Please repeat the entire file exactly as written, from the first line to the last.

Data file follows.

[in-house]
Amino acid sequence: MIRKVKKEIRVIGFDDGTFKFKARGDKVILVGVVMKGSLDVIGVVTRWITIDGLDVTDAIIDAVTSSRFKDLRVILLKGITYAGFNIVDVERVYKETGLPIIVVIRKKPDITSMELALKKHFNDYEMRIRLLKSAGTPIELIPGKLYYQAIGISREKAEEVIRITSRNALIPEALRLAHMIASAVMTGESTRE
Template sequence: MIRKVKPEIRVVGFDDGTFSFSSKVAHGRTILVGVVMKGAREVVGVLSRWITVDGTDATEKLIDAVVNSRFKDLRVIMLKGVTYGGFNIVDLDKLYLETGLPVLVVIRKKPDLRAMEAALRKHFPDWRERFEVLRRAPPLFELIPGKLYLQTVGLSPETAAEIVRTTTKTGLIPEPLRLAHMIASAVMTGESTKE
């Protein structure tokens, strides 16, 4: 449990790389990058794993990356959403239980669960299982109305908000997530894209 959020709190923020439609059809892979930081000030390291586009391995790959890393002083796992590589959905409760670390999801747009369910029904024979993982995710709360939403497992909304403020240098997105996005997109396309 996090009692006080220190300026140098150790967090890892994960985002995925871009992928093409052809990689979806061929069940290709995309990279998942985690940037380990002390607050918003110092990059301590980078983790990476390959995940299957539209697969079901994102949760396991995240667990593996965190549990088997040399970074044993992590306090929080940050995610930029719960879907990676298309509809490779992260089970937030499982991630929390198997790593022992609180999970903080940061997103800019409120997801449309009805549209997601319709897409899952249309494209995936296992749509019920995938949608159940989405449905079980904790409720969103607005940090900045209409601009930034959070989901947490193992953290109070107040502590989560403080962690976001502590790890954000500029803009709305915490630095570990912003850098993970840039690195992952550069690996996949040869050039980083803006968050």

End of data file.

[in-house]
Amino acid sequence: MIRKVKKEIRVIGFDDGTFKFKARGDKVILVGVVMKGSLDVIGVVTRWITIDGLDVTDAIIDAVTSSRFKDLRVILLKGITYAGFNIVDVERVYKETGLPIIVVIRKKPDITSMELALKKHFNDYEMRIRLLKSAGTPIELIPGKLYYQAIGISREKAEEVIRITSRNALIPEALRLAHMIASAVMTGESTRE
Template sequence: MIRKVKPEIRVVGFDDGTFSFSSKVAHGRTILVGVVMKGAREVVGVLSRWITVDGTDATEKLIDAVVNSRFKDLRVIMLKGVTYGGFNIVDLDKLYLETGLPVLVVIRKKPDLRAMEAALRKHFPDWRERFEVLRRAPPLFELIPGKLYLQTVGLSPETAAEIVRTTTKTGLIPEPLRLAHMIASAVMTGESTKE
């Protein structure tokens, strides 16, 4: 449990790389990058794993990356959403239980669960299982109305908000997530894209 959020709190923020439609059809892979930081000030390291586009391995790959890393002083796992590589959905409760670390999801747009369910029904024979993982995710709360939403497992909304403020240098997105996005997109396309 996090009692006080220190300026140098150790967090890892994960985002995925871009992928093409052809990689979806061929069940290709995309990279998942985690940037380990002390607050918003110092990059301590980078983790990476390959995940299957539209697969079901994102949760396991995240667990593996965190549990088997040399970074044993992590306090929080940050995610930029719960879907990676298309509809490779992260089970937030499982991630929390198997790593022992609180999970903080940061997103800019409120997801449309009805549209997601319709897409899952249309494209995936296992749509019920995938949608159940989405449905079980904790409720969103607005940090900045209409601009930034959070989901947490193992953290109070107040502590989560403080962690976001502590790890954000500029803009709305915490630095570990912003850098993970840039690195992952550069690996996949040869050039980083803006968050």